In two fell swoops, Congress and the Pentagon have changed the course of two future satellite programs. The Associated Press reported Oct. 21 that Congressional intelligence appropriators have killed the broad area space-based imagery collection satellite system, or BASIC, by gutting about $1 billion earmarked for it in Fiscal 2009. And, in a separate piece on Oct. 24, AP reported (via Forbes) that the Pentagon has delayed the multi-billion-dollar contract award for the Air Force’s transformational satellite communications system from December to an undetermined date, which could be late 2010. Under BASIC, the Pentagon and Intelligence Community planned to procure and operate two commercial-based imagery satellites to fill a potential coverage gap early next decade. But there was controversy from the start as some national security officials considered BASIC redundant since the US government already supports the commercial Earth-imagery satellite industry and makes much use of its products, and its two principal players, DigitalGlobe and GeoEye, are building satellites on a par in capability with what BASIC would have provided. Meanwhile, as for TSAT, it looks like the Pentagon intends to devise a less costly program, says Loren Thompson of the Lexington Institute in an issue brief Oct. 21. But even that may not survive the next Administration, he warns. In June, the Air Force awarded TSAT bidders Boeing and Lockheed Martin contracts for additional risk-reduction work, pending the selection of one of them as the winner. Work under these contracts included studies of potential variants, including one dubbed “TSAT Lite.” Last month, Gary Payton, deputy under secretary of the Air Force for space programs, said the Air Force was proceeding deliberately in its evaluation of the two bids and didn’t anticipate the winner before mid December. Guess that was overly optimistic.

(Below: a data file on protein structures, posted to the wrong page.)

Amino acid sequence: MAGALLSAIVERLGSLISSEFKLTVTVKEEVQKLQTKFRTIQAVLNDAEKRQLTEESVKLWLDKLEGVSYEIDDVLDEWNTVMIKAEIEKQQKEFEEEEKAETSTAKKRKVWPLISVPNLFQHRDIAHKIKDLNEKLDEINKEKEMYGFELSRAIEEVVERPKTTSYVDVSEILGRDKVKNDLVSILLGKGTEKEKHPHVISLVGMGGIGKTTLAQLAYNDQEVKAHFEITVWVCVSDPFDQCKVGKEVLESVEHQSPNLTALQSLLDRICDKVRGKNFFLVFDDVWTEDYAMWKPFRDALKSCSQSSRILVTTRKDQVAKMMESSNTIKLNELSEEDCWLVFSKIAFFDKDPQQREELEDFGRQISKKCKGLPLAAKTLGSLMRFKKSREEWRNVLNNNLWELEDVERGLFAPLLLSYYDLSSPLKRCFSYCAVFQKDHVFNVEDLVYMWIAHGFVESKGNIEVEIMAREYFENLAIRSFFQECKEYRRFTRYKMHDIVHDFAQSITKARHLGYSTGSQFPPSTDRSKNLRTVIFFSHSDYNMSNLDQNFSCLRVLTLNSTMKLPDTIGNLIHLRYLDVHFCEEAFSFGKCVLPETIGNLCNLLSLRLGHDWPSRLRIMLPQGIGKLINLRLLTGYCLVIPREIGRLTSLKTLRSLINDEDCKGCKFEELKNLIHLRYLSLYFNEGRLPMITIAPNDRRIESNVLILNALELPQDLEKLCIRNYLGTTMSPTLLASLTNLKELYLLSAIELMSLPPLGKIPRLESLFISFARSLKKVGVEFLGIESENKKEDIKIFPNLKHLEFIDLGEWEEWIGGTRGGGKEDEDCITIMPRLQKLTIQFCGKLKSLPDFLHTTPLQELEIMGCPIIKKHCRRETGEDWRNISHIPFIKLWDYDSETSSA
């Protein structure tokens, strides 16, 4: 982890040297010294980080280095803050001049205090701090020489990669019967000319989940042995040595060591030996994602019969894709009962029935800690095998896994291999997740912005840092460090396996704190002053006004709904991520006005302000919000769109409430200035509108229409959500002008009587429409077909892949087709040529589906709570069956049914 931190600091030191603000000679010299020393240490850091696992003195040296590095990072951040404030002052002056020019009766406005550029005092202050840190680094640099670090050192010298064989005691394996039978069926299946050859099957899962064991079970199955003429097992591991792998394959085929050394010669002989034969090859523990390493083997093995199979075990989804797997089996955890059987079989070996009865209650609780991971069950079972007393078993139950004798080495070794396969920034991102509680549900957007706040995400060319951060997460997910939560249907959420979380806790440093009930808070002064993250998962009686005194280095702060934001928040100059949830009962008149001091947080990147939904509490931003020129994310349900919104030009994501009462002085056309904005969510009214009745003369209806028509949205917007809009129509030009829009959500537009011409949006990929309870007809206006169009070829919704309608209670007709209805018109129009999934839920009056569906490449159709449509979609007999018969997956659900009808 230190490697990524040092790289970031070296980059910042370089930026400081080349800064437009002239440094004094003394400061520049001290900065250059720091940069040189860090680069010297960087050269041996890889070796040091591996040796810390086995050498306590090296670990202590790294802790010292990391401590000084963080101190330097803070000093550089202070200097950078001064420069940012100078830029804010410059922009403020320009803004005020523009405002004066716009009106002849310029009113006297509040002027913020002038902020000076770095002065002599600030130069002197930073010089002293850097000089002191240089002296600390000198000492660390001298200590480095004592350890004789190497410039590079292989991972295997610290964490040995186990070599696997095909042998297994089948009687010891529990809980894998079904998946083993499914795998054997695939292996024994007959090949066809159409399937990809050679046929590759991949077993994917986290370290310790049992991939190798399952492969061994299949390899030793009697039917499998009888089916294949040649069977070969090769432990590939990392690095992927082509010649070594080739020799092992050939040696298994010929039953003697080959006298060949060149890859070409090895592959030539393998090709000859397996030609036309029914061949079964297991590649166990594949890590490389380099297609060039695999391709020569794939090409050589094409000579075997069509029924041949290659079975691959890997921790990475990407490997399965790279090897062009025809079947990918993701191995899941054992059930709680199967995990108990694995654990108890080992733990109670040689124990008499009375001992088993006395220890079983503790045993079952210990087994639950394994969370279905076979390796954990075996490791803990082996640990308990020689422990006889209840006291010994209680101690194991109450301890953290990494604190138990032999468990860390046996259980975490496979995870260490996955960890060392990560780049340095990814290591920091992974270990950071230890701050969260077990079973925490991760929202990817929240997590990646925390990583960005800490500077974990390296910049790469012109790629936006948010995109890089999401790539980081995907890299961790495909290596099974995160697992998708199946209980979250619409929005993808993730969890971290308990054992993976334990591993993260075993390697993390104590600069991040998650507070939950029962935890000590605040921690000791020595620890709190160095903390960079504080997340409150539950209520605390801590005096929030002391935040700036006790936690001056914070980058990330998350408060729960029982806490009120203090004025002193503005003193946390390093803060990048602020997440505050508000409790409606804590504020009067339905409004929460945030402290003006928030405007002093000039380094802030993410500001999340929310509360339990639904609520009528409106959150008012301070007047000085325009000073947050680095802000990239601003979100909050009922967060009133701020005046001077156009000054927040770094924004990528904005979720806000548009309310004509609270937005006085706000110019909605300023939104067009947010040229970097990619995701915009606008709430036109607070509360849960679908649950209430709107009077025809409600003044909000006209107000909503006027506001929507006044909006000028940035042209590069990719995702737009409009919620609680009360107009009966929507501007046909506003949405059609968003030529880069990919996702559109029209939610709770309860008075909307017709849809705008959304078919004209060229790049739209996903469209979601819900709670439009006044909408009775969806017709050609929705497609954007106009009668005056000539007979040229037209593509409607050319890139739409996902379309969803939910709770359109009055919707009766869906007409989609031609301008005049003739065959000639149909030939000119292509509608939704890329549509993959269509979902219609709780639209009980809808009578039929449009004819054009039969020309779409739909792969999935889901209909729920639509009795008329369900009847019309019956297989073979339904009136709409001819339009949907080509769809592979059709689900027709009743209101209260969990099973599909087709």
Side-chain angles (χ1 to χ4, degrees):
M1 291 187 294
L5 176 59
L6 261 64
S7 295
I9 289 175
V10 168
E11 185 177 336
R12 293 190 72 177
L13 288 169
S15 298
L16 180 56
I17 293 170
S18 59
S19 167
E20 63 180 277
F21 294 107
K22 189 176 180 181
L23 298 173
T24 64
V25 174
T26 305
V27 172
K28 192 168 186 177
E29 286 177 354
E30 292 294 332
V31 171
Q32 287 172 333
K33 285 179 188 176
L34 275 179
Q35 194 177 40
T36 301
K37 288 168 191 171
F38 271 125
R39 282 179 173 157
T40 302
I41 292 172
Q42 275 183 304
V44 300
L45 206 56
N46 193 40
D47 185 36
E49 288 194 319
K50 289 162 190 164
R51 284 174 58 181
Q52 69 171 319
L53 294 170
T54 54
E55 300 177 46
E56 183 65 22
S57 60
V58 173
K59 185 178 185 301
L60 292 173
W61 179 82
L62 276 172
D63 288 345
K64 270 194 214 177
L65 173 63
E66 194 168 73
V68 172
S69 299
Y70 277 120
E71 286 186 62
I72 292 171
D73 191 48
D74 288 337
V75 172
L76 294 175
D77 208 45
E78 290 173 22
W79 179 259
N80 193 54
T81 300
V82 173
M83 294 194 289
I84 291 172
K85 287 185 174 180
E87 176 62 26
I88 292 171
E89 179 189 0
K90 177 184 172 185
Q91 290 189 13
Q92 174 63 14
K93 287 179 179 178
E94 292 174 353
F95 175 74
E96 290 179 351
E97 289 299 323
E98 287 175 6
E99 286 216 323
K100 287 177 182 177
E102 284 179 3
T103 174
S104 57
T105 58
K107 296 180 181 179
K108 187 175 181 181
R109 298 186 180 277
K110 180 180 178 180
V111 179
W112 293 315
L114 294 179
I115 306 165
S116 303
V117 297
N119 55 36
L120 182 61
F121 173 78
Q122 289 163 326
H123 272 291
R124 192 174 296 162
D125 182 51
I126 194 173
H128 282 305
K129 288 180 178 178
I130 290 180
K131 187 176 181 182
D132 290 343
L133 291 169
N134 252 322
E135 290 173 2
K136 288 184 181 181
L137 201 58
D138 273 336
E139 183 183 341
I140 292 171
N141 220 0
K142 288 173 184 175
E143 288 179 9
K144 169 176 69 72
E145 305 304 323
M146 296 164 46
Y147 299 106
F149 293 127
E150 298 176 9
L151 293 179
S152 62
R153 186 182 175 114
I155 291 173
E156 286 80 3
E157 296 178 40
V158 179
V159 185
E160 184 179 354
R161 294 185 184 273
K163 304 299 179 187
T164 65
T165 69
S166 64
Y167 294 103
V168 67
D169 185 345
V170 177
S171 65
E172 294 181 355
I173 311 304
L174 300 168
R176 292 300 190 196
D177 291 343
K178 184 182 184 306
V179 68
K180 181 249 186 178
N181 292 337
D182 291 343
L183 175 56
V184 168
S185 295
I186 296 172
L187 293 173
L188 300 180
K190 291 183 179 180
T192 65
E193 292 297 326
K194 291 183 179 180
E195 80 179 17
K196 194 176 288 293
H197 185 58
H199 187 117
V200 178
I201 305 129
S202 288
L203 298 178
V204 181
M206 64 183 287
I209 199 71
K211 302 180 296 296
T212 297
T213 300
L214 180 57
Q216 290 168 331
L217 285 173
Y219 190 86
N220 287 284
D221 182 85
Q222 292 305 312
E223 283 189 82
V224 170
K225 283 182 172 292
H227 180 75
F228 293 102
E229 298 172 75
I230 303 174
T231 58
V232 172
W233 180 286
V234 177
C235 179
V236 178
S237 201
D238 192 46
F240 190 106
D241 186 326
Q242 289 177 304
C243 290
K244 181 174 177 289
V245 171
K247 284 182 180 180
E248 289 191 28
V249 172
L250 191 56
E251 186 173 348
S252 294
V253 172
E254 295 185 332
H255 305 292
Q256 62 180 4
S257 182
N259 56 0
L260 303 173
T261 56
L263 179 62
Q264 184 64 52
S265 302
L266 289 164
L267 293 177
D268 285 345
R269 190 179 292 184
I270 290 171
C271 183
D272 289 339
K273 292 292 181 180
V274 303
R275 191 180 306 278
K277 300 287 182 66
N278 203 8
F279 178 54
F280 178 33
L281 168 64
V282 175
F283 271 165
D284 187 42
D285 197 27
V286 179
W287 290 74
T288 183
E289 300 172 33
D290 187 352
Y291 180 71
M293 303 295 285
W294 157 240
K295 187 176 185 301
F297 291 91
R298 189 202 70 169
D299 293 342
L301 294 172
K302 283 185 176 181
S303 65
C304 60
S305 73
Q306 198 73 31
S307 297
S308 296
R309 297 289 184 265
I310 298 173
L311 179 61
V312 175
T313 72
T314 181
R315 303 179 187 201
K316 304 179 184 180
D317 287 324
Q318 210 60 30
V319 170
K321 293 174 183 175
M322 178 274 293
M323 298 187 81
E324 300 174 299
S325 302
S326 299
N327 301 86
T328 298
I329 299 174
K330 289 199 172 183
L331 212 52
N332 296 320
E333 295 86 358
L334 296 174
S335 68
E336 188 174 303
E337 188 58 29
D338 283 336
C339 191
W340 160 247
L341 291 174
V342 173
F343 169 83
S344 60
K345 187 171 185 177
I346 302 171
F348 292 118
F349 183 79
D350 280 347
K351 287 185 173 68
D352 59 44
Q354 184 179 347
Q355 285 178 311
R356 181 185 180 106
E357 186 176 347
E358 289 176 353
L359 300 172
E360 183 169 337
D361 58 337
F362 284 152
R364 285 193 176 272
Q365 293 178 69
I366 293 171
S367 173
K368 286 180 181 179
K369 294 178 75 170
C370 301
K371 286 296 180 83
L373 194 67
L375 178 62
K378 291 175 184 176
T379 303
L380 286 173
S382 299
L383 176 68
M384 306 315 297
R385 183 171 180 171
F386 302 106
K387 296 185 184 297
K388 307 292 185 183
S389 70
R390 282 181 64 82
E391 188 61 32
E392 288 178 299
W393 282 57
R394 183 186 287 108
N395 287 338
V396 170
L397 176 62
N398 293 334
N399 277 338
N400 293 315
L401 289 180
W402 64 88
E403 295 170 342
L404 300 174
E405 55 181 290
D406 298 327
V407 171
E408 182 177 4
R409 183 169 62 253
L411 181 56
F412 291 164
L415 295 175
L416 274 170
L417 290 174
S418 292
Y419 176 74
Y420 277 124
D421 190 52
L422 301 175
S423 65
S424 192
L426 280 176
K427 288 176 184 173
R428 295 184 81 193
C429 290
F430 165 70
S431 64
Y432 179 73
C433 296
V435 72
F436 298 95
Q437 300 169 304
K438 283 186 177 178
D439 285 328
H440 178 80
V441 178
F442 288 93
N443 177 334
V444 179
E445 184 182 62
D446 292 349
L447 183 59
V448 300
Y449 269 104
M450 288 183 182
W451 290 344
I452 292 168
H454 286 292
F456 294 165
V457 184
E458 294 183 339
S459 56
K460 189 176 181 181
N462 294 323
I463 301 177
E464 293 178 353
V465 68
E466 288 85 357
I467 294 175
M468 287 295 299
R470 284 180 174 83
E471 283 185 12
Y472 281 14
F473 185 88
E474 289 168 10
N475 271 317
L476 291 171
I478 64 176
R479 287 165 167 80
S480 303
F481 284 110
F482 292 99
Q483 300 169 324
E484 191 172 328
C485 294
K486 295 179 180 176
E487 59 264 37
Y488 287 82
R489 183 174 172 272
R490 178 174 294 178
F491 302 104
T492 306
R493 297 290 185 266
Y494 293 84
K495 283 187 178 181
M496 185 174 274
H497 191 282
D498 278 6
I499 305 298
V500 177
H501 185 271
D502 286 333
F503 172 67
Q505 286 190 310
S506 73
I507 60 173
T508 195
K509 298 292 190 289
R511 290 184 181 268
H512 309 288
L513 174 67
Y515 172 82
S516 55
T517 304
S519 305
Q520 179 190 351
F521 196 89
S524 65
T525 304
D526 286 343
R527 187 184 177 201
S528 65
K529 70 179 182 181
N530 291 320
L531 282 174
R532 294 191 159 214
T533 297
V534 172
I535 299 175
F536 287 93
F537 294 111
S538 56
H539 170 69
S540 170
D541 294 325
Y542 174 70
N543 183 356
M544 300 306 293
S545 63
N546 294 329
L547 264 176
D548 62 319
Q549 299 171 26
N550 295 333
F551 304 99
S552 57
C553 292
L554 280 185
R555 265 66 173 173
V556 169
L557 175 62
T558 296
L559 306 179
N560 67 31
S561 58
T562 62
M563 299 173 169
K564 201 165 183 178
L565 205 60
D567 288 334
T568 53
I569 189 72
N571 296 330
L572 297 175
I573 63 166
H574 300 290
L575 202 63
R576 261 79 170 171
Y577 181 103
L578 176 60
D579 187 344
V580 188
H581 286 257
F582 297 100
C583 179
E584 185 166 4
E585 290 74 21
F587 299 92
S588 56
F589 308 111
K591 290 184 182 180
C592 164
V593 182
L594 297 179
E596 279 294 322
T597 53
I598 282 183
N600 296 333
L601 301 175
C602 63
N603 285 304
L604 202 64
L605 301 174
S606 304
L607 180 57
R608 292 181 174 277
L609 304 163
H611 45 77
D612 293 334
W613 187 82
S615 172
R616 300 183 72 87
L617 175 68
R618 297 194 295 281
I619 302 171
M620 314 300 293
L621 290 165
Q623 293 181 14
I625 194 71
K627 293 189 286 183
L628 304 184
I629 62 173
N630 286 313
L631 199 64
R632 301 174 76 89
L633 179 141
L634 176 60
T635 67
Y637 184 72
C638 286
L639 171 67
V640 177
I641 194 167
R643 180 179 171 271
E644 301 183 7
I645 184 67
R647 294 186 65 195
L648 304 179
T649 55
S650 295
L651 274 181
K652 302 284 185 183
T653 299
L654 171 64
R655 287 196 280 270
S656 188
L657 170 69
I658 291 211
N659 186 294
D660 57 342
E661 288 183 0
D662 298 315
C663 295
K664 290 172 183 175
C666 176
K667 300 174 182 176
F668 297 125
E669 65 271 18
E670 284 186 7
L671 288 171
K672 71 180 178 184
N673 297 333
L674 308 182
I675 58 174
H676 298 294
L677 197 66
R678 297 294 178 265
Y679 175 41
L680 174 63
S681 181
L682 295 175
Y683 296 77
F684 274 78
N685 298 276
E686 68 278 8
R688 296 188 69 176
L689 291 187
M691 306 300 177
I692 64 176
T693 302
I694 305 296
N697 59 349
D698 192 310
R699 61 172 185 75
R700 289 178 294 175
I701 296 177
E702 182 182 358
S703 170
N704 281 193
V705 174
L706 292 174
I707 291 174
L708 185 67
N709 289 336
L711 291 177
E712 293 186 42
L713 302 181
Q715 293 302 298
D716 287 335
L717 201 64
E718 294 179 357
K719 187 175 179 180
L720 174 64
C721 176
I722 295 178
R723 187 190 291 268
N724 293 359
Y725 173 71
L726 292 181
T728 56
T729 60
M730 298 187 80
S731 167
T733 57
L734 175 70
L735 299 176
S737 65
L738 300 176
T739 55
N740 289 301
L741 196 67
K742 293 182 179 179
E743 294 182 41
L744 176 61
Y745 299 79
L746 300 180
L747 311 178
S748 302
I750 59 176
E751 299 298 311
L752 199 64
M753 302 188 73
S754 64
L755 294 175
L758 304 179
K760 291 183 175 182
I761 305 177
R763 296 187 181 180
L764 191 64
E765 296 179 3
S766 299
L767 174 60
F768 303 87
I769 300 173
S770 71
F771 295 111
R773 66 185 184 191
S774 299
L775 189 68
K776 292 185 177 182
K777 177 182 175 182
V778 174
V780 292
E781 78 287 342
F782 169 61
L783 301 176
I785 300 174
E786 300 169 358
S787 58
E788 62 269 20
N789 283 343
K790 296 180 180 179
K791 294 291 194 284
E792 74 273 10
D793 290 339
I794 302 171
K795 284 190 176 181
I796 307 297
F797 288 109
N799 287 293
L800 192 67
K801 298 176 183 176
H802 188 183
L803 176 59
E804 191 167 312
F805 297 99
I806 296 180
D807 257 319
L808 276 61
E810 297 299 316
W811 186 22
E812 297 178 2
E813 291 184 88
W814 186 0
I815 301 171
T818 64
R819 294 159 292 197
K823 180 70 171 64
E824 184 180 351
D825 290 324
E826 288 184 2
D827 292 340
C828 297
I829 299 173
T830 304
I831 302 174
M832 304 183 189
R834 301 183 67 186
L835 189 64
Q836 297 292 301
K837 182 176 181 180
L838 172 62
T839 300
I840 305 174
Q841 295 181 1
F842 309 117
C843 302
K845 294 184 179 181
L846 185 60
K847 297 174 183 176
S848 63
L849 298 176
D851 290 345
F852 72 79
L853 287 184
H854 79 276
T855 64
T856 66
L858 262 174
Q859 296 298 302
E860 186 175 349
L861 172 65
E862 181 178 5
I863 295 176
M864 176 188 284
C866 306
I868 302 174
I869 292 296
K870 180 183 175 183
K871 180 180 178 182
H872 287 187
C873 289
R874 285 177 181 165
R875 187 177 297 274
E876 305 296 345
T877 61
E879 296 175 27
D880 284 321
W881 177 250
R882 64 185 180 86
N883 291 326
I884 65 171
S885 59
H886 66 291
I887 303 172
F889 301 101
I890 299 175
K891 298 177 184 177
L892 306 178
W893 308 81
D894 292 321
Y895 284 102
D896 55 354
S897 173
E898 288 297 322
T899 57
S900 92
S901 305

Feb. 23, 2024
The Department of the Air Force’s space acquisition boss called for industry to stop low-bidding contracts and for the Pentagon to only select realistic proposals on Feb. 23, arguing that failures to do so eventually forces the Space Force to “rob our future to pay for the past.”